[ Monday, April 10, 2006 08:33: Message edited by: Zeviz ]

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Yay! I have no heart.

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Posts: 536 | Registered: Sunday, September 7 2003 07:00
Nuke and Pave
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quote:
Originally written by Smugglers' Alliance, Chief of the:

Yay! I have no heart.
Or you are old already. :P

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Seeing as I never was liberal, was I born old?

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Chalk up another heartless young person!

(Looks at the other posts, one of which took place in the time it took to press the reply button). Wow. There goes that theory.

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Law Bringer
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I think RPG clichés have less to do with adoption of fairytale paradigms and more to do with knowing the market. Most players do not want ambiguity. Most players want the good guys, who are good, and the bad guys, who are bad, with no difficulty besides getting the former to stab the latter. Such a view of the world comes much closer to the conservatives' black and white, us and them mentality. Liberals lean more towards seeing both sides, which makes slaughtering the enemy more questionable, and thus sometimes less fun.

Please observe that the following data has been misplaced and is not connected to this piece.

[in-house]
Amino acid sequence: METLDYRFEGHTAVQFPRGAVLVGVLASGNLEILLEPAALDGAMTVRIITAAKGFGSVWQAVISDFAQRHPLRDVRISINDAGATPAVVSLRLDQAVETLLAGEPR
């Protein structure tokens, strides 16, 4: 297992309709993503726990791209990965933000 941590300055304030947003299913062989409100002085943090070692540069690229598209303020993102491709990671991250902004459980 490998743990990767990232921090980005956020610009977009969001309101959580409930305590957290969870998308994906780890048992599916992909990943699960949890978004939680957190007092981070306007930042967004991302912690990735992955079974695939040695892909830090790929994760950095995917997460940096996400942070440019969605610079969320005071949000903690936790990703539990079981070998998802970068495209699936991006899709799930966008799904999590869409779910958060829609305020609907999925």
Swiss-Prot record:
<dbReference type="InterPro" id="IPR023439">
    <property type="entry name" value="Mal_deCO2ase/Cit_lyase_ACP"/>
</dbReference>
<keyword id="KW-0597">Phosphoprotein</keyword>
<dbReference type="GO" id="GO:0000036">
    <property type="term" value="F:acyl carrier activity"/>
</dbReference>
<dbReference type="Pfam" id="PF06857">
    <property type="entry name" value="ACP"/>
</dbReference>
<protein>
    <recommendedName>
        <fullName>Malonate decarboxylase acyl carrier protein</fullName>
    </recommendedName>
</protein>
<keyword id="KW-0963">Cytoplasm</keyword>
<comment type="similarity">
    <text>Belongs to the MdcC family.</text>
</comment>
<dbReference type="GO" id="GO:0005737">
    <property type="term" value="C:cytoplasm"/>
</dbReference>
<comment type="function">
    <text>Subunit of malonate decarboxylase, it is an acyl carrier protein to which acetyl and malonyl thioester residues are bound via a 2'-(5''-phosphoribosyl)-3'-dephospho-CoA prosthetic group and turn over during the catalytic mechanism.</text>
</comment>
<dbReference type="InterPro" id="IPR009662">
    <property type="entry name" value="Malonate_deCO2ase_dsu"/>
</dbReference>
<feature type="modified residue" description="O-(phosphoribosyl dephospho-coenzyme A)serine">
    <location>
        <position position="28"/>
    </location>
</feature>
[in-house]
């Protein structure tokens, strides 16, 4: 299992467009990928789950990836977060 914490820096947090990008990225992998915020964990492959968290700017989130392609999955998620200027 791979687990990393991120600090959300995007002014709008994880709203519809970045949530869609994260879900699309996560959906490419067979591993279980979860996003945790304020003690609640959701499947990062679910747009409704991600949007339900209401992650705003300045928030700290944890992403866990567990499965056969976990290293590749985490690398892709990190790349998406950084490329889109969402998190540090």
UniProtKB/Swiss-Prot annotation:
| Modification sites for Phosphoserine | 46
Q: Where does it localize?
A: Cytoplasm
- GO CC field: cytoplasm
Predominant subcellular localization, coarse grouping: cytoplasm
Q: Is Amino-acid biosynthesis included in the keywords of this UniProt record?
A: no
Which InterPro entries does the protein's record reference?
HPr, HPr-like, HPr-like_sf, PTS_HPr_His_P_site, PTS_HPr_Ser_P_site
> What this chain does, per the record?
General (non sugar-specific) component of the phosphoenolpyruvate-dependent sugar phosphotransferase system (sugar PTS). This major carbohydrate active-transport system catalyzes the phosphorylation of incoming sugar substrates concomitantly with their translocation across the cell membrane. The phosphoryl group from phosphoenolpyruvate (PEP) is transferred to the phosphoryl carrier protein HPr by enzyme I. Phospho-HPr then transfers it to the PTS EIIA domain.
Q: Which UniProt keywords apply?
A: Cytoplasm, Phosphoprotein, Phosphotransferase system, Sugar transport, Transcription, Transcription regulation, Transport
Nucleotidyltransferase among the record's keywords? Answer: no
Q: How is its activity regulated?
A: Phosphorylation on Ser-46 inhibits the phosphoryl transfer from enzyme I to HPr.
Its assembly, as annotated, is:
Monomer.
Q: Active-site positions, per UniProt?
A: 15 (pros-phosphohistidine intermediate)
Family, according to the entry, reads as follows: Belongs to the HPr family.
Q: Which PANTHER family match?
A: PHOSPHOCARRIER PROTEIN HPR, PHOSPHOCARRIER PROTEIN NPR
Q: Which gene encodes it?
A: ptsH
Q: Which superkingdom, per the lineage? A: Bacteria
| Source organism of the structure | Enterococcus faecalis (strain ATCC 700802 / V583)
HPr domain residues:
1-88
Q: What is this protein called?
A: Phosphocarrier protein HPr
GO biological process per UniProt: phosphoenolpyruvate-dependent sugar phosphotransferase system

There are benevolent kingdoms thrown into dark days by the evil usurper, but there are just as many plucky rebels trying to topple the evil empire. (Empires are evil, kingdoms are good!) The rule by council is always better than the rule by monarch if any council is available.

—Alorael, who doesn't see much racism in RPGs. Human vs. non-human speciesism, yes, but that's not quite the same. Prevalence of whites, yes, but that's because the setting is usually taken from the traditional, idealized, wholly white world of pseudo-medieval Europe. Real medieval Europe was overwhelmingly white too. Gender roles and gender portrayals all come down to what the target audience (roughly 10-30, mostly male) wants to see.
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quote:
Originally written by Smugglers' Alliance, Chief of the:

Games such as Final Fantasy contain a good bit of moral ambiguity.
Absurd.

Final Fantasy is THE prime example of the Roussea-romanticist charge Zorro is pinning on RPGs.

Final Fantasy II's main villain tried to take over the world by using a mechanical Dreadnaught.
The villain of IV used airships, a giant mechanical tower and a giant robot.
The story of V talks about an ancient civilization with machinery that collapsed because it used too many resources.
Magitek in VI is obviously anti-industrial.
And if we couldn't get even more obvious, there's Makoro (literally Devil's Furnace in the Nihongo) in VII.